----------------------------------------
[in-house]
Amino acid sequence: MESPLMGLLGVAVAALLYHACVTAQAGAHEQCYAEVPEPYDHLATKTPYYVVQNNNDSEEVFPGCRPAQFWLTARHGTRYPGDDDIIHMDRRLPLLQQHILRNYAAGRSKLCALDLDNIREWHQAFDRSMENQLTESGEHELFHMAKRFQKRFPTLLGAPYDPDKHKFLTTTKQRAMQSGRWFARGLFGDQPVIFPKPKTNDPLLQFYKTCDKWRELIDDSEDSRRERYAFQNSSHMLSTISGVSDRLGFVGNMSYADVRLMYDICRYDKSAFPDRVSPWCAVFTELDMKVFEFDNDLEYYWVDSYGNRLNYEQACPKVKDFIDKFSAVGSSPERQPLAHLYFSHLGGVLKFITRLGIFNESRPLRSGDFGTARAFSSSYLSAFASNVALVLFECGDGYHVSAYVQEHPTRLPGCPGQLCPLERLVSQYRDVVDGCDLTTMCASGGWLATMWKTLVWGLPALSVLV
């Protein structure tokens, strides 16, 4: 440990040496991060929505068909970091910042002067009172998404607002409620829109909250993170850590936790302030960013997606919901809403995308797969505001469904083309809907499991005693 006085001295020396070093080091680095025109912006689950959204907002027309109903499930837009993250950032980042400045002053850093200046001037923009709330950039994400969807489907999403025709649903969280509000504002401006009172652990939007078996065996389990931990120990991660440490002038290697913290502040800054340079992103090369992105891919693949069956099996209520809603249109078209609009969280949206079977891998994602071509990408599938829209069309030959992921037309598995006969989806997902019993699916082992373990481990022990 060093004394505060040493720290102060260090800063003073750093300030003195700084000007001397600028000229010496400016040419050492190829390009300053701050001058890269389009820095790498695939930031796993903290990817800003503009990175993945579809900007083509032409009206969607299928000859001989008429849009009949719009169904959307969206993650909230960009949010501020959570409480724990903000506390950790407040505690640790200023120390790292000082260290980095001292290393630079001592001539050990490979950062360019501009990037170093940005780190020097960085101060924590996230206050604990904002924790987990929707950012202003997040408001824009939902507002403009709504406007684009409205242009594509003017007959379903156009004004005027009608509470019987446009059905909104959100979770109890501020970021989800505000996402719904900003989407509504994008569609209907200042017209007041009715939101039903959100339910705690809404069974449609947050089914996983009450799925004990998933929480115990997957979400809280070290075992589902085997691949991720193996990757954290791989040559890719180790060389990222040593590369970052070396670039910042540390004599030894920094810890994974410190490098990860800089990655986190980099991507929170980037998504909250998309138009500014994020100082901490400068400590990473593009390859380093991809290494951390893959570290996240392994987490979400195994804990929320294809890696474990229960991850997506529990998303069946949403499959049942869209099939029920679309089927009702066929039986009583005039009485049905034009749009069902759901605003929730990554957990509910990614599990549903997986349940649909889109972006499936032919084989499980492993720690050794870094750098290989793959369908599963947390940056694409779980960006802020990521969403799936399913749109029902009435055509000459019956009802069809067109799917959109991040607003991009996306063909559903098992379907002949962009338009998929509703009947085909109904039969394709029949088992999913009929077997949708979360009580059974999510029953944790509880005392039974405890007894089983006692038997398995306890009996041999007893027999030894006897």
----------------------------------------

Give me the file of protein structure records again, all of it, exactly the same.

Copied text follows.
[in-house]
Amino acid sequence: MESPLMGLLGVAVAALLYHACVTAQAGAHEQCYAEVPEPYDHLATKTPYYVVQNNNDSEEVFPGCRPAQFWLTARHGTRYPGDDDIIHMDRRLPLLQQHILRNYAAGRSKLCALDLDNIREWHQAFDRSMENQLTESGEHELFHMAKRFQKRFPTLLGAPYDPDKHKFLTTTKQRAMQSGRWFARGLFGDQPVIFPKPKTNDPLLQFYKTCDKWRELIDDSEDSRRERYAFQNSSHMLSTISGVSDRLGFVGNMSYADVRLMYDICRYDKSAFPDRVSPWCAVFTELDMKVFEFDNDLEYYWVDSYGNRLNYEQACPKVKDFIDKFSAVGSSPERQPLAHLYFSHLGGVLKFITRLGIFNESRPLRSGDFGTARAFSSSYLSAFASNVALVLFECGDGYHVSAYVQEHPTRLPGCPGQLCPLERLVSQYRDVVDGCDLTTMCASGGWLATMWKTLVWGLPALSVLV
């Protein structure tokens, strides 16, 4: 440990040496991060929505068909970091910042002067009172998404607002409620829109909250993170850590936790302030960013997606919901809403995308797969505001469904083309809907499991005693 006085001295020396070093080091680095025109912006689950959204907002027309109903499930837009993250950032980042400045002053850093200046001037923009709330950039994400969807489907999403025709649903969280509000504002401006009172652990939007078996065996389990931990120990991660440490002038290697913290502040800054340079992103090369992105891919693949069956099996209520809603249109078209609009969280949206079977891998994602071509990408599938829209069309030959992921037309598995006969989806997902019993699916082992373990481990022990 060093004394505060040493720290102060260090800063003073750093300030003195700084000007001397600028000229010496400016040419050492190829390009300053701050001058890269389009820095790498695939930031796993903290990817800003503009990175993945579809900007083509032409009206969607299928000859001989008429849009009949719009169904959307969206993650909230960009949010501020959570409480724990903000506390950790407040505690640790200023120390790292000082260290980095001292290393630079001592001539050990490979950062360019501009990037170093940005780190020097960085101060924590996230206050604990904002924790987990929707950012202003997040408001824009939902507002403009709504406007684009409205242009594509003017007959379903156009004004005027009608509470019987446009059905909104959100979770109890501020970021989800505000996402719904900003989407509504994008569609209907200042017209007041009715939101039903959100339910705690809404069974449609947050089914996983009450799925004990998933929480115990997957979400809280070290075992589902085997691949991720193996990757954290791989040559890719180790060389990222040593590369970052070396670039910042540390004599030894920094810890994974410190490098990860800089990655986190980099991507929170980037998504909250998309138009500014994020100082901490400068400590990473593009390859380093991809290494951390893959570290996240392994987490979400195994804990929320294809890696474990229960991850997506529990998303069946949403499959049942869209099939029920679309089927009702066929039986009583005039009485049905034009749009069902759901605003929730990554957990509910990614599990549903997986349940649909889109972006499936032919084989499980492993720690050794870094750098290989793959369908599963947390940056694409779980960006802020990521969403799936399913749109029902009435055509000459019956009802069809067109799917959109991040607003991009996306063909559903098992379907002949962009338009998929509703009947085909109904039969394709029949088992999913009929077997949708979360009580059974999510029953944790509880005392039974405890007894089983006692038997398995306890009996041999007893027999030894006897």